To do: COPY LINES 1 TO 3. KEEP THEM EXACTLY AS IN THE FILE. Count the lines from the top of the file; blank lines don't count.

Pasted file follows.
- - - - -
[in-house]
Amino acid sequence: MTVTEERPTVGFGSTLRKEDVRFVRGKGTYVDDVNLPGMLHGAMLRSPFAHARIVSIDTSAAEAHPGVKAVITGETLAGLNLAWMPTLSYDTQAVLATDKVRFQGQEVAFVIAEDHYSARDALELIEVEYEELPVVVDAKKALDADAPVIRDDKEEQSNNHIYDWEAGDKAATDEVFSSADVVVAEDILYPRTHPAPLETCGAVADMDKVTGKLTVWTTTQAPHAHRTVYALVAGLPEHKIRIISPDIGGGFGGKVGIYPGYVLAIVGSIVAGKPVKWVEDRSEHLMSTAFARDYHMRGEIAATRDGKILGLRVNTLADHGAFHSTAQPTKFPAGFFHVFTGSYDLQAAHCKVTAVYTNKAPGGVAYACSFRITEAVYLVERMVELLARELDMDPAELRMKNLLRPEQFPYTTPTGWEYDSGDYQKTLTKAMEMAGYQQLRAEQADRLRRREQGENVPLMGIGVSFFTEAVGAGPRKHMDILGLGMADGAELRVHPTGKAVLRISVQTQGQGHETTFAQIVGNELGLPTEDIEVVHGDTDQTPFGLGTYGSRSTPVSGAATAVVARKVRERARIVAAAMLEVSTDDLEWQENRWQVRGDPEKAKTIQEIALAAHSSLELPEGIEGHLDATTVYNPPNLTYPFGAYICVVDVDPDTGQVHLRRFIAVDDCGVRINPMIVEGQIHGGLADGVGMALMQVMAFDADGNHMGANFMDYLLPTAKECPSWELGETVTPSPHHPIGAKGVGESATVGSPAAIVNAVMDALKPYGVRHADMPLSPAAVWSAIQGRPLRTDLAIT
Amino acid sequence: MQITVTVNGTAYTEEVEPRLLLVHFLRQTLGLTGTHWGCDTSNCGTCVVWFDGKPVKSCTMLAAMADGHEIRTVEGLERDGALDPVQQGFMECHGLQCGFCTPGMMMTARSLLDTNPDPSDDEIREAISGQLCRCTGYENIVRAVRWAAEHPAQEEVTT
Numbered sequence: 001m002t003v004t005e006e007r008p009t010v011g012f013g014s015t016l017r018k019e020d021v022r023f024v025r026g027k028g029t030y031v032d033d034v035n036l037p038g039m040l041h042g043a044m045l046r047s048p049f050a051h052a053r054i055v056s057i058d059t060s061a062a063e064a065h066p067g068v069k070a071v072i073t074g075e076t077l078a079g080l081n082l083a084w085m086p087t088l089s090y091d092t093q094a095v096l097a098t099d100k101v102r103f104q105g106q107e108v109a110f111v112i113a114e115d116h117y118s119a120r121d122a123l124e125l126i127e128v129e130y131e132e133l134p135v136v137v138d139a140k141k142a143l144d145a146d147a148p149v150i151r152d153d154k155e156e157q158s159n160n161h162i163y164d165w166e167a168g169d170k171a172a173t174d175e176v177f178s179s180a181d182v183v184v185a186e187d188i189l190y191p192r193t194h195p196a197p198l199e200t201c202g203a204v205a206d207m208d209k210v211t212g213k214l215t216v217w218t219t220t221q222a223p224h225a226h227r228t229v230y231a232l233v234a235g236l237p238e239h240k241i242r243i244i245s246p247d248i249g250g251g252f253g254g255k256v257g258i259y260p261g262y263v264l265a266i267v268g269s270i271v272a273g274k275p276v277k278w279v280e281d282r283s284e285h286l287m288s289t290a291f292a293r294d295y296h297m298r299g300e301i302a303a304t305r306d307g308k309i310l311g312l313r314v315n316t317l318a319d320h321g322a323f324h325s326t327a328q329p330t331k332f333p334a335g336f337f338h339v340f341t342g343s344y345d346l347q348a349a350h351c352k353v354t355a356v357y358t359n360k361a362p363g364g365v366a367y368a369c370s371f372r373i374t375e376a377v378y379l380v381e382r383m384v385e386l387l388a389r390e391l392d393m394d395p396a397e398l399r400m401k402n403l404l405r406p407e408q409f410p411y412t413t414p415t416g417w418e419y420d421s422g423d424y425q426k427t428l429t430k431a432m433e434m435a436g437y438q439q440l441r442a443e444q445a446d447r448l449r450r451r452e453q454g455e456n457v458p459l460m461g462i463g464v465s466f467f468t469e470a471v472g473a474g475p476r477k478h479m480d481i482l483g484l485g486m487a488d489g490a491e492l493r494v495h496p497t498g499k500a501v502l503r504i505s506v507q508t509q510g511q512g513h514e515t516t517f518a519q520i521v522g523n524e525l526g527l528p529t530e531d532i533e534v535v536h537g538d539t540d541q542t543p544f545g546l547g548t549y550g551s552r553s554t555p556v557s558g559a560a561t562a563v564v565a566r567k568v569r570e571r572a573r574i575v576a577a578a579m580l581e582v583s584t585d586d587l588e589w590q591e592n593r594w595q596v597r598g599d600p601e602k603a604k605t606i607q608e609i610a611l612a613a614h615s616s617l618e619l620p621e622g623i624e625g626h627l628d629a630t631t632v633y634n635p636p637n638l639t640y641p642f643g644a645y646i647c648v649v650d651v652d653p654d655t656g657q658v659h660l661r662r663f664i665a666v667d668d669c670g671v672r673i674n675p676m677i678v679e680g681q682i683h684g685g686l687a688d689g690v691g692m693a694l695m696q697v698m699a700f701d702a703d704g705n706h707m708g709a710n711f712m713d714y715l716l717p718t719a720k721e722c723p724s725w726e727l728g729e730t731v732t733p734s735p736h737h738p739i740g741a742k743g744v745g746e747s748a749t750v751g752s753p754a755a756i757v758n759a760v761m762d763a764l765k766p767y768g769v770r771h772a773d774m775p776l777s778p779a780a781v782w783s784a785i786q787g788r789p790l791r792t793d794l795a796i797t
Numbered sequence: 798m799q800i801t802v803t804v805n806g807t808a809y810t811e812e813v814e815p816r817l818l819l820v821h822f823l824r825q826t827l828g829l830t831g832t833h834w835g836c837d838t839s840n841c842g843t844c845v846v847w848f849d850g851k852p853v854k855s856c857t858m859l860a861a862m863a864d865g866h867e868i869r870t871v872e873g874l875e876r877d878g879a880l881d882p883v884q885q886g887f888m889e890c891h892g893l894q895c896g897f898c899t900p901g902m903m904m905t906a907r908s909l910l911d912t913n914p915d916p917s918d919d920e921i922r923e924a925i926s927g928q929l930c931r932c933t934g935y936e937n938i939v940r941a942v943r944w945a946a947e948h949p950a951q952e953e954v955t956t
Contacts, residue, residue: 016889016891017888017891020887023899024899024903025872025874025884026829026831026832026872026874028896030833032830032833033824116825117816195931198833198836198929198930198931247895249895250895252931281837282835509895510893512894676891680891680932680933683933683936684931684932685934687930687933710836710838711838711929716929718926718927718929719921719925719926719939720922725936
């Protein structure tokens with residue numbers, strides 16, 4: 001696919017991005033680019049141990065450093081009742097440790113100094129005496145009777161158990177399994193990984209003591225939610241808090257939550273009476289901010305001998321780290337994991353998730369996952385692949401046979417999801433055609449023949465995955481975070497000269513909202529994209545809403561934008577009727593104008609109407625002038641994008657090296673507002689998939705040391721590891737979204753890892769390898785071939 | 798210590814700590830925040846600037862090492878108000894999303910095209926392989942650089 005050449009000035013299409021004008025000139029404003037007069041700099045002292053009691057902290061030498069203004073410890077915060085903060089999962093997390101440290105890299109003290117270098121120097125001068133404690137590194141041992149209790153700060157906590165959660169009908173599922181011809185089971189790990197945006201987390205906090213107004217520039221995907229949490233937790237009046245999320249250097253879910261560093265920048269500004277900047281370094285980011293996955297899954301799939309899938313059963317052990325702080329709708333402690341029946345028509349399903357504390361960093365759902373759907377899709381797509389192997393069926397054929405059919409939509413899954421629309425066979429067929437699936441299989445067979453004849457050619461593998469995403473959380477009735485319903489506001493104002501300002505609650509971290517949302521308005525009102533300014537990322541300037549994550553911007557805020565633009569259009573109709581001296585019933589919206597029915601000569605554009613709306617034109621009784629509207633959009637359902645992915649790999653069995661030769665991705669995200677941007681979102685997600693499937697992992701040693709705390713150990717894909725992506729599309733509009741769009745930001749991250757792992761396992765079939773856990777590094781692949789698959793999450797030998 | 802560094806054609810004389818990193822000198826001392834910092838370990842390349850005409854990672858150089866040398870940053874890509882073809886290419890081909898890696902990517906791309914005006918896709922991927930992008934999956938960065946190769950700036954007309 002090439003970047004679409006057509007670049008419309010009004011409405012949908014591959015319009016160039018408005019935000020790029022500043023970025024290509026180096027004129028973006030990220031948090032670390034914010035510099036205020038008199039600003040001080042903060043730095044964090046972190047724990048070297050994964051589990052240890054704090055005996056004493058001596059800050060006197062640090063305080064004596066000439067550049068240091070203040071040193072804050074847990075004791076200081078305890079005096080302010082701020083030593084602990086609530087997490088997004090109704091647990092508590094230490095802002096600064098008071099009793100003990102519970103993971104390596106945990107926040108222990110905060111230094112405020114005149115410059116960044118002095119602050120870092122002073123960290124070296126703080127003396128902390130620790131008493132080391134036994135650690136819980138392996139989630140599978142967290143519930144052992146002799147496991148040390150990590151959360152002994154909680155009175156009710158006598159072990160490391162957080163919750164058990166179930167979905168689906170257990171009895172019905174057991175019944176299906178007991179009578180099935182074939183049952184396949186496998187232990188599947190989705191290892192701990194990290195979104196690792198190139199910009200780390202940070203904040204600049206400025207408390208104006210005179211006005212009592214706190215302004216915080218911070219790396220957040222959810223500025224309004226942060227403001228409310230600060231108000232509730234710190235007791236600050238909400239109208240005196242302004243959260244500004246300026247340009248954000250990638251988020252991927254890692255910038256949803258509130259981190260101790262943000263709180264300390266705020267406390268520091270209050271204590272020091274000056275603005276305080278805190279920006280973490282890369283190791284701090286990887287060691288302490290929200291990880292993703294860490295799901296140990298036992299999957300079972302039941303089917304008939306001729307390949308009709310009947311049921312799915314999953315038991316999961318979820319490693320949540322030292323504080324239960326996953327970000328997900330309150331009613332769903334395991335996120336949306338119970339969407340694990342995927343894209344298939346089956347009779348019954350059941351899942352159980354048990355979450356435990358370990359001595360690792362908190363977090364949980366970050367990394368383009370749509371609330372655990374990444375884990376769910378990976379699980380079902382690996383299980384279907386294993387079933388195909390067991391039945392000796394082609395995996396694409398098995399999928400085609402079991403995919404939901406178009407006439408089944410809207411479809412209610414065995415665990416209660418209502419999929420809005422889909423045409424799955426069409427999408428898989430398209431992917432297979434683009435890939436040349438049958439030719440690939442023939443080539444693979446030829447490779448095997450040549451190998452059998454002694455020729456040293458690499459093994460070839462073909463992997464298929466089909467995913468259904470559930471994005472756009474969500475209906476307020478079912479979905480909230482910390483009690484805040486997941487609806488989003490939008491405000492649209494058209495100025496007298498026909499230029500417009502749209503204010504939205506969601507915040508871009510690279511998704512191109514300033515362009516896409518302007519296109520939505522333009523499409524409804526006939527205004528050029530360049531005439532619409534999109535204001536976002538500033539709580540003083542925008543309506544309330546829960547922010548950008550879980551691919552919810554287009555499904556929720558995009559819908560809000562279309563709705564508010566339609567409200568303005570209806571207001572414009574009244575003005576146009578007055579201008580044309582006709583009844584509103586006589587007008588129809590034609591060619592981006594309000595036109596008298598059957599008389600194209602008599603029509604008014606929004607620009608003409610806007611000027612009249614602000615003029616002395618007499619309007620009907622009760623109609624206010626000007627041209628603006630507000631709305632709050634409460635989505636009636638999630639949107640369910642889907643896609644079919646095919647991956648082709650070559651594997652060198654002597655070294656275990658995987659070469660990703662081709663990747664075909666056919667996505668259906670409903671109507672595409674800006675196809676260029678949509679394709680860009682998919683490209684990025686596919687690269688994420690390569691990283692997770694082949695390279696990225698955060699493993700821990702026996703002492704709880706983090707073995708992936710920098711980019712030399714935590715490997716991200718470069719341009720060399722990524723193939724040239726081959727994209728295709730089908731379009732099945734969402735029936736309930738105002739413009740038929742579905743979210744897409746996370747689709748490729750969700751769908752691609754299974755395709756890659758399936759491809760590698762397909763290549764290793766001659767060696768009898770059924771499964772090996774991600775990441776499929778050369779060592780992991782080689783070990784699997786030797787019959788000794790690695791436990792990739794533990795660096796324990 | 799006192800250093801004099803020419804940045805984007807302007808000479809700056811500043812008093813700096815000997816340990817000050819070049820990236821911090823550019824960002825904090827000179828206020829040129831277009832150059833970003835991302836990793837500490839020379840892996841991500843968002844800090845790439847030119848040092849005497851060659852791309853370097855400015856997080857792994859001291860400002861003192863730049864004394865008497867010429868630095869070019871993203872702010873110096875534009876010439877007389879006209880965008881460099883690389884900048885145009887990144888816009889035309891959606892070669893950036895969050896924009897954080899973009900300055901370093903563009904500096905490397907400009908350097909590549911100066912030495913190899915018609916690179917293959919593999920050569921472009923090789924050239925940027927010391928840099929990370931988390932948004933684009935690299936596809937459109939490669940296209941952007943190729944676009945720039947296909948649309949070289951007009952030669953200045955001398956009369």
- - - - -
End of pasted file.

[in-house]
Amino acid sequence: MTVTEERPTVGFGSTLRKEDVRFVRGKGTYVDDVNLPGMLHGAMLRSPFAHARIVSIDTSAAEAHPGVKAVITGETLAGLNLAWMPTLSYDTQAVLATDKVRFQGQEVAFVIAEDHYSARDALELIEVEYEELPVVVDAKKALDADAPVIRDDKEEQSNNHIYDWEAGDKAATDEVFSSADVVVAEDILYPRTHPAPLETCGAVADMDKVTGKLTVWTTTQAPHAHRTVYALVAGLPEHKIRIISPDIGGGFGGKVGIYPGYVLAIVGSIVAGKPVKWVEDRSEHLMSTAFARDYHMRGEIAATRDGKILGLRVNTLADHGAFHSTAQPTKFPAGFFHVFTGSYDLQAAHCKVTAVYTNKAPGGVAYACSFRITEAVYLVERMVELLARELDMDPAELRMKNLLRPEQFPYTTPTGWEYDSGDYQKTLTKAMEMAGYQQLRAEQADRLRRREQGENVPLMGIGVSFFTEAVGAGPRKHMDILGLGMADGAELRVHPTGKAVLRISVQTQGQGHETTFAQIVGNELGLPTEDIEVVHGDTDQTPFGLGTYGSRSTPVSGAATAVVARKVRERARIVAAAMLEVSTDDLEWQENRWQVRGDPEKAKTIQEIALAAHSSLELPEGIEGHLDATTVYNPPNLTYPFGAYICVVDVDPDTGQVHLRRFIAVDDCGVRINPMIVEGQIHGGLADGVGMALMQVMAFDADGNHMGANFMDYLLPTAKECPSWELGETVTPSPHHPIGAKGVGESATVGSPAAIVNAVMDALKPYGVRHADMPLSPAAVWSAIQGRPLRTDLAIT
Amino acid sequence: MQITVTVNGTAYTEEVEPRLLLVHFLRQTLGLTGTHWGCDTSNCGTCVVWFDGKPVKSCTMLAAMADGHEIRTVEGLERDGALDPVQQGFMECHGLQCGFCTPGMMMTARSLLDTNPDPSDDEIREAISGQLCRCTGYENIVRAVRWAAEHPAQEEVTT